It’s Not A Bubble, It’s Valleywood

Editor’s note: Bob Buch is a two-time startup founder, was VP of Business Development at Digg, then at AOL, and is now working on founding his next business. Follow him on Twitter @bobbuch.

There is a certain type of company that can only exist in Silicon Valley. People outside of the Valley scratch their heads at how a company with no revenue and no apparent business model can be called successful, much less be worth $1 billion.

But maybe the problem is that we’re mis-categorizing Internet and mobile products as businesses in the first place. What if we looked at them as TV shows instead – where success and failure is determined by ratings not revenue? Isn’t Instagram closer to American Idol than it is to Oracle? It entertains millions of us for a few minutes every day – maybe that’s enough. Perhaps the Valley is pioneering a new business model, one where revenue isn’t the goal but where distribution and engagement are paramount.

The titans of new media have a distribution channel that’s always hungry for more entertainment. They need to feed the beast – and they can’t innovate fast enough. They need to rely on the Pinterests, the Instagrams and the Paths to give them the entertaining new hangouts for their audiences. Big companies aren’t known for their ability to innovate, and certainly not as effectively and nimbly as startups That doesn’t stop them from trying, but frankly my advice to them is to give up on innovation (Google+, ahem). Focus on your strengths – monetization and distribution — and outsource your weaknesses. Be more like a big movie studio. They don’t make The Blair Witch Project, they make $700 million budget James Cameron action movies that are filmed on the moon and in the burning core of the Earth.

So translation to Google – keep going on the self-driving car and the augmented reality glasses, nobody else has the balls or the cash to do that anyway. And see if you can get James Cameron involved somehow.

What big new media companies do well is sell advertising. So think of them as a TV network – NBC doesn’t make shows, they buy them and sell ads around them. You have relationships with the distribution channel, so you get the entertainment in front of the eyeballs, and then you sell it to big megabrands. Little production companies can’t do this, and neither can a little photo-sharing startup. When I was at Digg, we were lucky to even see a seven-figure RFP come through the door from a big brand, much less win it, and we had an audience of 40 million people. At AOL, it was just a given that we were getting a piece of it – when you’re a top five Internet property, the advertisers have to spend there if they want to reach enough people. The big companies should stick to monetization and distribution, and let the Instagrams focus on building the cool stuff.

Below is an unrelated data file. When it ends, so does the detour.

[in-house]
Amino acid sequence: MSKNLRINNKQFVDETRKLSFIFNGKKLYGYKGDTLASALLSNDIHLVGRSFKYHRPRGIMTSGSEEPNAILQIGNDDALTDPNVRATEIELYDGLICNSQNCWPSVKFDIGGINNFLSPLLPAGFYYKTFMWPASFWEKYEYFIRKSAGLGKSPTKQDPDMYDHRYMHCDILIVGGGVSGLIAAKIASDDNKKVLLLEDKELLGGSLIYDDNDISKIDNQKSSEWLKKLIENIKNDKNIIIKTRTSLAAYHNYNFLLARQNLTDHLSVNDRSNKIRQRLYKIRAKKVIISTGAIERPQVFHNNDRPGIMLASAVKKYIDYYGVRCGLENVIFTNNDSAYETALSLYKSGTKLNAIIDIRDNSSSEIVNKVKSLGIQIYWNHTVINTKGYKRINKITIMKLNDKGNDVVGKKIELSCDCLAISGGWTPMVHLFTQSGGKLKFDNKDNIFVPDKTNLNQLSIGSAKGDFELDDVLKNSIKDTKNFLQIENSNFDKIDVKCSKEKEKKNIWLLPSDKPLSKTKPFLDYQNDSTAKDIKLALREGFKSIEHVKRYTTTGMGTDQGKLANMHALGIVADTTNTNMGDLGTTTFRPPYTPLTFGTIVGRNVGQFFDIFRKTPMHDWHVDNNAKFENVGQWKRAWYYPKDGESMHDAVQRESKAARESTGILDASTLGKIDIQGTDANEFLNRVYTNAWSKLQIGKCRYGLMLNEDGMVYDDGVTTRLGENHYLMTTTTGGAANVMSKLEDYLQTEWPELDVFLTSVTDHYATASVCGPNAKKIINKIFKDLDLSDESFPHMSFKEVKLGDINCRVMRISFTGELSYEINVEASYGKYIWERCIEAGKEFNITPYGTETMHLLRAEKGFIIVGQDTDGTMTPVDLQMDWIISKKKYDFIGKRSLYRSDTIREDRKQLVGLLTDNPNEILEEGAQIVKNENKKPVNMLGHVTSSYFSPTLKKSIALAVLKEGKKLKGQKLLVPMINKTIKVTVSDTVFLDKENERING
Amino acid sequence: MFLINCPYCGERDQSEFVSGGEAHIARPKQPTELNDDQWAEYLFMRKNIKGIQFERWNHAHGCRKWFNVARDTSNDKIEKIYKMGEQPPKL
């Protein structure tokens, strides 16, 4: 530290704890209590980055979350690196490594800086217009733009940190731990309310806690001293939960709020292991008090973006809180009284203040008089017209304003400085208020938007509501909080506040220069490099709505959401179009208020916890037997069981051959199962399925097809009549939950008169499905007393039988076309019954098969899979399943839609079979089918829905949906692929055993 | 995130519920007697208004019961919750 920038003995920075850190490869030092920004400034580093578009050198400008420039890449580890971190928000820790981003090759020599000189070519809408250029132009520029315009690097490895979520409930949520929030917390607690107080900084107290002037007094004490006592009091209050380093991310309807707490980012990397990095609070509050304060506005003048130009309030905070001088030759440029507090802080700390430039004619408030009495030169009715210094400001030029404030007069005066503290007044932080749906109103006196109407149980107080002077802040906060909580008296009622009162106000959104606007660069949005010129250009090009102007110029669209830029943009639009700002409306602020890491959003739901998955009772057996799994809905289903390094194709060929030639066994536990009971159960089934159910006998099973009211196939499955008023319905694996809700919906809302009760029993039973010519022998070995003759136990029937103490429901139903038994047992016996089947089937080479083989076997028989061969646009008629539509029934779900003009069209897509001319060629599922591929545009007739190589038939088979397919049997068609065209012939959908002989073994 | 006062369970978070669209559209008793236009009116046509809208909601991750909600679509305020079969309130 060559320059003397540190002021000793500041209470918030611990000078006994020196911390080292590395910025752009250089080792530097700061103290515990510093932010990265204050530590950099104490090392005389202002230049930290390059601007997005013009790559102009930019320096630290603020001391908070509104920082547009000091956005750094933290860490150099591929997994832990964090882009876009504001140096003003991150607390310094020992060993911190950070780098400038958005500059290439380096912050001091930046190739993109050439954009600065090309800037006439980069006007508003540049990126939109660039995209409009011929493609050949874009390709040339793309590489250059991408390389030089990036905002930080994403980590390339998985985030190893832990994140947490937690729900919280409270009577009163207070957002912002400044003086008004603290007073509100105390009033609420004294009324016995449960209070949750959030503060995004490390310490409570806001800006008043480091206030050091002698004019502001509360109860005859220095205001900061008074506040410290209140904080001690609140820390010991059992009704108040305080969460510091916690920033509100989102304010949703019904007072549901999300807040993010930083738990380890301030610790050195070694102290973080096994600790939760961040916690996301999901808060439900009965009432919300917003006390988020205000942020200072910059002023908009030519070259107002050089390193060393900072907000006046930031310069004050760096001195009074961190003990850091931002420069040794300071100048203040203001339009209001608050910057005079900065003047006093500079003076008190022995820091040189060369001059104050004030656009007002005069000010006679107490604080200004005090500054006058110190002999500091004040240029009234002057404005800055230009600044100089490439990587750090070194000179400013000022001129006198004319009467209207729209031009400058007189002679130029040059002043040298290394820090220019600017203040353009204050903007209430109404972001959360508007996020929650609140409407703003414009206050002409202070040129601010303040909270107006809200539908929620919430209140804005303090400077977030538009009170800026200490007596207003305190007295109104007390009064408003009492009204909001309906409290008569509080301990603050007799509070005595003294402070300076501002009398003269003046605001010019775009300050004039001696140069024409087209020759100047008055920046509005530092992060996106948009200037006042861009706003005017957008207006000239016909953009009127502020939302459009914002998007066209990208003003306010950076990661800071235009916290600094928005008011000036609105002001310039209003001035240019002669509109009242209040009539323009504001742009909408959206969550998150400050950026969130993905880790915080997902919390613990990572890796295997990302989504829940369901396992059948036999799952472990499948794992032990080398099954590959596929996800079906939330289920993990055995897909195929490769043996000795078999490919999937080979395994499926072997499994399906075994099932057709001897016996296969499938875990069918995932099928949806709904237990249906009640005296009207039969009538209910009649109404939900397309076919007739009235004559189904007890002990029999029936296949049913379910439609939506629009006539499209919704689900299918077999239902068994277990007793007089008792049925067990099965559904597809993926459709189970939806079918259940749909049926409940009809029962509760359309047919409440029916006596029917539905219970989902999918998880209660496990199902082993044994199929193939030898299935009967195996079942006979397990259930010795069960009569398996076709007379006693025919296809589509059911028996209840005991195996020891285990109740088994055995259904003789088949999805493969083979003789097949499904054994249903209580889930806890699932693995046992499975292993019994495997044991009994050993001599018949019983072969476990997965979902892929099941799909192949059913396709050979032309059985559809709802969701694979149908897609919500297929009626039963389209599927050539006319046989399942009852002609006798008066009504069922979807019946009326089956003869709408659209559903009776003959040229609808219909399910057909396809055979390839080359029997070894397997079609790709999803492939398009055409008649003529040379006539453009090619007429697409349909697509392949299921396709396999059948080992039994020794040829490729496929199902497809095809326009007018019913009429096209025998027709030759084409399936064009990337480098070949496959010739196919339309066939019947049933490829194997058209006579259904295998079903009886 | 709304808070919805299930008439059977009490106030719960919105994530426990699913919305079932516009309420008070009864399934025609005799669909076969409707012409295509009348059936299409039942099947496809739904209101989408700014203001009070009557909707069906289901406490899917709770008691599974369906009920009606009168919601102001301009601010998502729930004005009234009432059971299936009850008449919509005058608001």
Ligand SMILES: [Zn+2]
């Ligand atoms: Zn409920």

This isn’t to say that all Internet startups should take this path. At Digg, we grew so big, so fast, that we aspired to be a network ourselves. If you’re going to turn the corner from TV show to network, you’ve got to have your own ad product. Our idea for this was DiggAds – ads that behave like news stories and could be voted upon. We had aspirations that these ads would be the answer to the online news industry’s monetization woes. We were off to a good start; the ads were extraordinarily successful – so much so that you can see echoes of them in Twitter’s Promoted Tweets and Facebook’s Sponsored Stories. Despite our early success with DiggAds, Digg failed to become a studio ultimately because people stopped watching the show – we didn’t build a network so all our bets were on a single show.

Welcome to Valleywood where talented creative people can come up with a crazy idea that no big company would ever take a flyer on, and getting rewarded if it becomes a hit. I think we should encourage this model – maybe even have ways for the big companies to participate without having to purchase the entire company. Maybe startups will form themselves into labs and crank out multiple products, build up followings, and then license them off to big companies. Maybe incubators like Y Combinator and Techstars will become the mini-majors or the great independent production companies.